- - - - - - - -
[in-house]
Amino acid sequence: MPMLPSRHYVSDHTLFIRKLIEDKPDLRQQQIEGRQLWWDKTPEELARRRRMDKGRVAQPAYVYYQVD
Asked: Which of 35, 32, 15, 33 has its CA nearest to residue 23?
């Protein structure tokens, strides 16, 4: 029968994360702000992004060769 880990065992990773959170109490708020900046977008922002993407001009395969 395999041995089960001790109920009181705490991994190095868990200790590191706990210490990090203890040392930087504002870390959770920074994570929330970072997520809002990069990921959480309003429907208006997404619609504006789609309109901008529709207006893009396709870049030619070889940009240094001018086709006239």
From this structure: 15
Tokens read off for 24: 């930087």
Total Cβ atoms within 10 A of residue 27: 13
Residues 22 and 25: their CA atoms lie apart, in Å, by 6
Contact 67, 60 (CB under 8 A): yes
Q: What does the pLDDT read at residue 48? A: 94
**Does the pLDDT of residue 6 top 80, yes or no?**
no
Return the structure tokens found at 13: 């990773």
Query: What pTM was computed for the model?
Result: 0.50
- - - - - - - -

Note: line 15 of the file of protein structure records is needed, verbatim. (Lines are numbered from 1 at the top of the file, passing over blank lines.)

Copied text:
Result: 0.50